Writing on the occasion of the Whitney Independent Study Program's fiftieth anniversary, artist Sharon Hayes interrogates the physical and temporal sites of the ISP as a means of elaborating on the impact of the program's enduring commitments. Using excerpts from the notebook she maintained during her year in the program, Hayes discusses the role of artists and the work of art-making in this dynamic, trans-temporal collective of artists, curators, critics, and historians.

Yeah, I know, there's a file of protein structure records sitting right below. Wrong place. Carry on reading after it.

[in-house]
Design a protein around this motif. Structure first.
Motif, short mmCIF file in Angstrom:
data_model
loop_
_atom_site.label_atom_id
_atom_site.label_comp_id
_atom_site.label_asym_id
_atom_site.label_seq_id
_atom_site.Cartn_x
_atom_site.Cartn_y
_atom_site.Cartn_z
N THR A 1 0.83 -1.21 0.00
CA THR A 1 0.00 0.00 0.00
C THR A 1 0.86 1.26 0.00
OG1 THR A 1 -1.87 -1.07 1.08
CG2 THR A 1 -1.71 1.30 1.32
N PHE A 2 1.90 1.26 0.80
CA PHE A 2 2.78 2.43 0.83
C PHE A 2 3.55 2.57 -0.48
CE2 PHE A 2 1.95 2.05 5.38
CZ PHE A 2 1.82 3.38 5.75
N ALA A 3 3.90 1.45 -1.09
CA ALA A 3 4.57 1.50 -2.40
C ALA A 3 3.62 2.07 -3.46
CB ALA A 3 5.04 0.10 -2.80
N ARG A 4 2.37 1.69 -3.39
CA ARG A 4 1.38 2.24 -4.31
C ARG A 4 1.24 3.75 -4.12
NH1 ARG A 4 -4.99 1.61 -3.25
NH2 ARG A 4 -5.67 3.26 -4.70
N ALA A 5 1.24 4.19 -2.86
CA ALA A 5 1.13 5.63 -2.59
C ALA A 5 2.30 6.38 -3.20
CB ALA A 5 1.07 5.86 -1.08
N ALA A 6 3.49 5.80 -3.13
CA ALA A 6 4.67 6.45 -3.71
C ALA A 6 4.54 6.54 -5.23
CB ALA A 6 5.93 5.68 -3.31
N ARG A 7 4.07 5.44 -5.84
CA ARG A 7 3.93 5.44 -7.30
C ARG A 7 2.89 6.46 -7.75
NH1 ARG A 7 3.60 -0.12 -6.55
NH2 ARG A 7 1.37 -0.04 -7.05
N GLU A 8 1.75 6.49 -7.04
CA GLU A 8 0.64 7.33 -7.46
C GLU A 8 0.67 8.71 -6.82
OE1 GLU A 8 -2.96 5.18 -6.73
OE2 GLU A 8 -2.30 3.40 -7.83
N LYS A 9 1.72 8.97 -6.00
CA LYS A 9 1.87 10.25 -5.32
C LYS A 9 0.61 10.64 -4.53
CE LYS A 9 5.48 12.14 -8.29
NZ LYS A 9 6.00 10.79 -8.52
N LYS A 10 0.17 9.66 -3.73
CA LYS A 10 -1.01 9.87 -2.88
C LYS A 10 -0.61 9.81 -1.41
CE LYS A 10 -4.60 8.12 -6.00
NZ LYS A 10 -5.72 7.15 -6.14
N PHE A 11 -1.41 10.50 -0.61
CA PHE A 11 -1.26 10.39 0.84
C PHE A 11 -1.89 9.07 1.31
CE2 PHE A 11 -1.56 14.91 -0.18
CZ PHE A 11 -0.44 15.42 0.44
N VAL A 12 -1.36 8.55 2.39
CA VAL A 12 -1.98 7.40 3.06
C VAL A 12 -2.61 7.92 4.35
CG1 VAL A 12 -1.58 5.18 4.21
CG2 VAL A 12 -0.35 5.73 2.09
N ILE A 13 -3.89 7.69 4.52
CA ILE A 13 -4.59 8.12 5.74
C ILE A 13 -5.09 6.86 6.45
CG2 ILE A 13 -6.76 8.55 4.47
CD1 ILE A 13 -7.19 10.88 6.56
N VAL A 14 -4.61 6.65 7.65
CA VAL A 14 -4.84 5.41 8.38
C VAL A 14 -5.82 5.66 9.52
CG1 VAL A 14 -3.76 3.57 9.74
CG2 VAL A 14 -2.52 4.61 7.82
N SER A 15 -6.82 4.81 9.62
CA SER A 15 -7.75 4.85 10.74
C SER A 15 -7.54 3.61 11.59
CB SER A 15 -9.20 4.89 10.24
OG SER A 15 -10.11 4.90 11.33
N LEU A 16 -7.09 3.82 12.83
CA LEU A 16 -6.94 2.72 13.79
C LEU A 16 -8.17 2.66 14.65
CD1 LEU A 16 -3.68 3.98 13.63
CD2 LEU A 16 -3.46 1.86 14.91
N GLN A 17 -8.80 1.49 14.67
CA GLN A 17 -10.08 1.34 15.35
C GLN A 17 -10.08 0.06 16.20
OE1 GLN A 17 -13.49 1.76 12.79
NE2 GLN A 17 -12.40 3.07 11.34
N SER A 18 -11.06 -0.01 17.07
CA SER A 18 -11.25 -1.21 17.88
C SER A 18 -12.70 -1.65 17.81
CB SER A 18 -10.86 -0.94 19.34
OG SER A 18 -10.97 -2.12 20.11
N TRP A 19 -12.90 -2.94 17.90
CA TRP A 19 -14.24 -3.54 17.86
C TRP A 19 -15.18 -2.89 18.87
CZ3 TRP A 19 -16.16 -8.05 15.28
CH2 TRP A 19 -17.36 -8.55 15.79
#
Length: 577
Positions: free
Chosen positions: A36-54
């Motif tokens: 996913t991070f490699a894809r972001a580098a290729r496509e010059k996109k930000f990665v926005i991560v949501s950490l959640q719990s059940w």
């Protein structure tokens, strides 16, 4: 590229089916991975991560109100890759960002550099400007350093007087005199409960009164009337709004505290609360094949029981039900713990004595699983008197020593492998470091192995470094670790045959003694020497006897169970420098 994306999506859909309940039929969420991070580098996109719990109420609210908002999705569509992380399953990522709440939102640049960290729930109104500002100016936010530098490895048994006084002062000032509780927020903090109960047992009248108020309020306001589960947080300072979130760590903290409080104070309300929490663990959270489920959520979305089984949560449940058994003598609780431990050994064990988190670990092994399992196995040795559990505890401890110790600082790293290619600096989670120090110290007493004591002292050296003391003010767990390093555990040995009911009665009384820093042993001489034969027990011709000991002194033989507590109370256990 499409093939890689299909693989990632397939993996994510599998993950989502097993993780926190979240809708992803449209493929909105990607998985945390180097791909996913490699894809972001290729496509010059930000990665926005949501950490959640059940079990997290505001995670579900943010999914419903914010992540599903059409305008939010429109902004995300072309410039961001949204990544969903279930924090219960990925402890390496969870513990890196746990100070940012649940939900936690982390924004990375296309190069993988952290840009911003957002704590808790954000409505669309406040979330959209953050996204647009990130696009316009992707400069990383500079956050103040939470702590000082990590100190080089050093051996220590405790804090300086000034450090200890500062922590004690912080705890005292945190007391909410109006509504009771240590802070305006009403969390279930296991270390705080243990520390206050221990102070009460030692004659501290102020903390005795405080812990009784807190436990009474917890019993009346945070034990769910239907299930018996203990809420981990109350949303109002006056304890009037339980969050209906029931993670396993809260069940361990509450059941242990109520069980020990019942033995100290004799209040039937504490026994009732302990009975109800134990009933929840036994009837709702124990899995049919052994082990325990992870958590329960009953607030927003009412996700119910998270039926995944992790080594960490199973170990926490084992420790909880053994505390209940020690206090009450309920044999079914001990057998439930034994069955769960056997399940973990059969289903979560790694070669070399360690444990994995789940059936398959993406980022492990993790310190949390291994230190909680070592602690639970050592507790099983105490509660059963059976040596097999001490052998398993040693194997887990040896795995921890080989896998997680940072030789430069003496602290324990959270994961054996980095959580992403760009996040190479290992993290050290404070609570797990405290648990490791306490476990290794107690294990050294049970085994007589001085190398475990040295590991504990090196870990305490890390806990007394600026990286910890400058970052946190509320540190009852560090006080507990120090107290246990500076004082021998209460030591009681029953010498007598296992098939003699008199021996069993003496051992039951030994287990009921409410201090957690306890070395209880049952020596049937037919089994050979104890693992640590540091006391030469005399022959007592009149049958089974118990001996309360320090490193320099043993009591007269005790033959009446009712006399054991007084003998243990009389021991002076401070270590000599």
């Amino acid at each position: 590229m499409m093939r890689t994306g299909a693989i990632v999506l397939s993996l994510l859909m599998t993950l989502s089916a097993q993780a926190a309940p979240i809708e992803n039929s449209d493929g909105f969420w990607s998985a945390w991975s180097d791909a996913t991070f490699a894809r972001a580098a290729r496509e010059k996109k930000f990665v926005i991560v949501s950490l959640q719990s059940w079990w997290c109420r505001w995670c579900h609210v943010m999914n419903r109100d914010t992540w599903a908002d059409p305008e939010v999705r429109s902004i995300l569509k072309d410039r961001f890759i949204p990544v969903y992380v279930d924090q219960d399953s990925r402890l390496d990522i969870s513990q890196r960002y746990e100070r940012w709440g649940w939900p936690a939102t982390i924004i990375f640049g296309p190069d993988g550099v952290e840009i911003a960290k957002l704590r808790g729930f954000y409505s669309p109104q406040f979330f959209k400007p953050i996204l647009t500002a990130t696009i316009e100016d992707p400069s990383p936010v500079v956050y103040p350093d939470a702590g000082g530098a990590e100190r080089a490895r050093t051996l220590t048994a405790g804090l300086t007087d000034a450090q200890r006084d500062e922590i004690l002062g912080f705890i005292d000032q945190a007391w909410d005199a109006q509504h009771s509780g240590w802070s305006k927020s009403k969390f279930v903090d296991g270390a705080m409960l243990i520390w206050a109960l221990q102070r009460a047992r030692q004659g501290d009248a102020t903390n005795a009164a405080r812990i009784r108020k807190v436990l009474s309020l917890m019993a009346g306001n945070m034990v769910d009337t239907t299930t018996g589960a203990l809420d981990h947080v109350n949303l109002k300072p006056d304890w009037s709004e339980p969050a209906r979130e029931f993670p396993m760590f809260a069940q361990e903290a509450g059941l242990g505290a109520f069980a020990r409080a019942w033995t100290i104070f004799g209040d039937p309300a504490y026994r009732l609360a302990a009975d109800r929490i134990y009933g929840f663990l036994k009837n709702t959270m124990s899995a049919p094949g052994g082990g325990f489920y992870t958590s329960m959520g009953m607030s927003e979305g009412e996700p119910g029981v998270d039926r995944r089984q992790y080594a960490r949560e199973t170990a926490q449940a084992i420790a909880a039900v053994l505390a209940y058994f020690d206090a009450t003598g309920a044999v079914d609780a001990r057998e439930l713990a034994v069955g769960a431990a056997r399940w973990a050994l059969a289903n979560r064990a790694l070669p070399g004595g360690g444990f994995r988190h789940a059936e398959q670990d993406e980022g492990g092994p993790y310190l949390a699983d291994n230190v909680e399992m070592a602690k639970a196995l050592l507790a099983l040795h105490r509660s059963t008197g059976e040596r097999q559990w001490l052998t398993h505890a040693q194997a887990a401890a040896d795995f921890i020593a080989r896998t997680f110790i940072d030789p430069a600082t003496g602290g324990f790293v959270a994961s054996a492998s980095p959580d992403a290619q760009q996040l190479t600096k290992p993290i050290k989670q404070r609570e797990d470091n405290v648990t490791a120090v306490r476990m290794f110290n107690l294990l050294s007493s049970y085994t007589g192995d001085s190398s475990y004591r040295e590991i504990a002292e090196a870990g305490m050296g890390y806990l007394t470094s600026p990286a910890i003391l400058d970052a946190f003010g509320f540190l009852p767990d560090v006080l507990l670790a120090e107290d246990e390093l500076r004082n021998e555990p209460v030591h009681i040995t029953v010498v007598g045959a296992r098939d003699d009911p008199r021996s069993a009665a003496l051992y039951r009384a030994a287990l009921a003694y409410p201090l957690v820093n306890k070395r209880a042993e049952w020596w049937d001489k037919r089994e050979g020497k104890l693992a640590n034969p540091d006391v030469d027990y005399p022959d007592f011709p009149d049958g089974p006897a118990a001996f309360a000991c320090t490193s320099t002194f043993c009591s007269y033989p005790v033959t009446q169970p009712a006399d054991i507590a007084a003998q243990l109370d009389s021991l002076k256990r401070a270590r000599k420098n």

“A Questionnaire on Monuments” features 49 responses to questions formulated by Leah Dickerman, Hal Foster, David Joselit, and Carrie Lambert-Beatty: “From Charlottesville to Cape Town, there have been struggles over monuments and other markers involving histories of racial conflict. How do these charged situations shed light on the ethics of images in civil society today? Speaking generally or with specific examples in mind, please consider any of the following questions: What histories do these public symbols represent, what histories do they obscure, and what models of memory do they imply? How do they do this work, and how might they do it differently? What social and political forces are in play in their erection or dismantling? Should artists, writers, and art historians seek a new intersection of theory and praxis in the social struggles around such monuments and markers? How might these debates relate to the question of who is authorized to work with particular images and archives?”